by David Carr reviews former L.A. Times editor James O’Shea‘s new book “The Deal From Hell: How Moguls and Wall Street Plundered Great American Newspapers.”
The book focuses largely on the deal that lead to Sam Zell‘s disastrous takeover of the Tribune Company — which owned the Chicago Tribune and L.A. Times among many others and is now in bankruptcy — in 2007.
O’Shea reports that Wall St. greed had much to do with Zell’s ability to borrow $12 billion to takeover a newspaper company despite the fact he had zero experience in the industry. Says Shea: “they were basically doing billion dollar loans with a wink and nod.”
JPMorgan ran the deal, but other banks, including Citibank and Bank of America took part. There were two separate rounds of funding to raise the approximately $12 billion that Mr. Zell borrowed to take the Tribune Company private. The banks received an eye-popping $161 million in fees for just the first round — a number sufficient to run The Los Angeles Times newsroom for a year, as Mr. O’Shea points out — and a total of $283 million in fees for both rounds.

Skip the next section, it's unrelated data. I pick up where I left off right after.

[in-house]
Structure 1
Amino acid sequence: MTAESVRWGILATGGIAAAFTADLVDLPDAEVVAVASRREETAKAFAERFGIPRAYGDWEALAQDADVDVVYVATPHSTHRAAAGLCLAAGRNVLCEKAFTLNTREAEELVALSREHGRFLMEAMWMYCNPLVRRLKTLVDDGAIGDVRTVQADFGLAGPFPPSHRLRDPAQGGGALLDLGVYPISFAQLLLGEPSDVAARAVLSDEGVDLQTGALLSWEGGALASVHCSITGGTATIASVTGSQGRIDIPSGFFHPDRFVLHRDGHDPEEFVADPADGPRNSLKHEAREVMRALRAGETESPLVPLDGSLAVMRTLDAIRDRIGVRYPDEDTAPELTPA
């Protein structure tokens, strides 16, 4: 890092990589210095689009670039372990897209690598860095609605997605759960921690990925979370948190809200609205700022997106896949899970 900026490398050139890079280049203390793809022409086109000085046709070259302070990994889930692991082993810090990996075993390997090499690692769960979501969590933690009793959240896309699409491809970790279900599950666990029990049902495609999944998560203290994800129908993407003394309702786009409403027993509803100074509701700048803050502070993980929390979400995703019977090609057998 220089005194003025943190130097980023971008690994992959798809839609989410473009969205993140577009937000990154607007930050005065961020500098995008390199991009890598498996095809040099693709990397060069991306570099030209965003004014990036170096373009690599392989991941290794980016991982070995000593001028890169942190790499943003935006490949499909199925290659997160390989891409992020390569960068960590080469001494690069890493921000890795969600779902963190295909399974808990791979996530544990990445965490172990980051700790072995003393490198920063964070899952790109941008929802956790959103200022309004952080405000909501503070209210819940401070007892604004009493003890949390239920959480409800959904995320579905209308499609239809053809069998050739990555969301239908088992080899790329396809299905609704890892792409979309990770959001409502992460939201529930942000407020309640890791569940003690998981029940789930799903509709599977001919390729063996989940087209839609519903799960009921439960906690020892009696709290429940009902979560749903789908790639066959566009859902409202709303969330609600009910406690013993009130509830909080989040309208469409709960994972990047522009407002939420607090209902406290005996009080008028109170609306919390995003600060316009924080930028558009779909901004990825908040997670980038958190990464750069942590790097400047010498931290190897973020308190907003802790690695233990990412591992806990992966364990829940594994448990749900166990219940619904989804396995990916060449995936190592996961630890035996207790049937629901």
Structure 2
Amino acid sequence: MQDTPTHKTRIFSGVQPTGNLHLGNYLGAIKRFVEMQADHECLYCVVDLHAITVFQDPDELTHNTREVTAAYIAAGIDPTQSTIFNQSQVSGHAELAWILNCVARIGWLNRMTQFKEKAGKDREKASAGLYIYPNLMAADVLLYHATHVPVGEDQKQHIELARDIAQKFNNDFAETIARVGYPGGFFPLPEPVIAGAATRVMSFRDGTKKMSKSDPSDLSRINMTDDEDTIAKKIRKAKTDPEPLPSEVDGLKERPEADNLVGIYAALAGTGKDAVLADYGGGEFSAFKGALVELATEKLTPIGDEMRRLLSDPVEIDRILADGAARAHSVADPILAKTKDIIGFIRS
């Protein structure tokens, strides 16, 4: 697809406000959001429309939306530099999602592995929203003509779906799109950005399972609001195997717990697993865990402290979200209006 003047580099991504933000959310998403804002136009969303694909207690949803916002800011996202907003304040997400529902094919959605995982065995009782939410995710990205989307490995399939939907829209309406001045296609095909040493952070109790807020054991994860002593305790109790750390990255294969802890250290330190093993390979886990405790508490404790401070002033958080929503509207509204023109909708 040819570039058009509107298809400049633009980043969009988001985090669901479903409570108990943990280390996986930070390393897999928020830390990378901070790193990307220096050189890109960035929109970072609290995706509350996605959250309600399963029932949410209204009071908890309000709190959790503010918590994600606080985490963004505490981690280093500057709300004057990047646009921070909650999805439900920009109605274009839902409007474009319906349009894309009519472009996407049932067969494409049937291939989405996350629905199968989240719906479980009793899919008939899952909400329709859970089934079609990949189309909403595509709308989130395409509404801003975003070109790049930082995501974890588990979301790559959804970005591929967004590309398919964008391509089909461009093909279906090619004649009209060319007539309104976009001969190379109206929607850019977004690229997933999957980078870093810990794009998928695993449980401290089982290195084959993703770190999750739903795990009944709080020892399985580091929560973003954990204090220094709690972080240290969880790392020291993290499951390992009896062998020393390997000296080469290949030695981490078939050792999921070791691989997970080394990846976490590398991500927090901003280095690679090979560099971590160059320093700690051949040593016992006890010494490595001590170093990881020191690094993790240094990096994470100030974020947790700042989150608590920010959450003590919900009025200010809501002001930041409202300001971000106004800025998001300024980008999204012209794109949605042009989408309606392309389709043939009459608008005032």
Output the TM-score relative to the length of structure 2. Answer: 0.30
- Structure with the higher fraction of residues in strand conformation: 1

He also reports that Jamie Dimon, the head of JPMorgan expressed some doubts about the fundamentals of the deal based on his firm’s analysis, but ultimately the bank decided to keep Mr. Zell’s business. JP Morgan was a substantial lender in the deal as well, lending hundreds of millions of dollars, and will share in the pain of the bankruptcy.
Of course, it’s unfair to say the implosion of the Tribune deal tanked the entire newspaper industry — the digital revolution has obviously played a major role. But dealt a mortal blow? In hindsight it appears that way.
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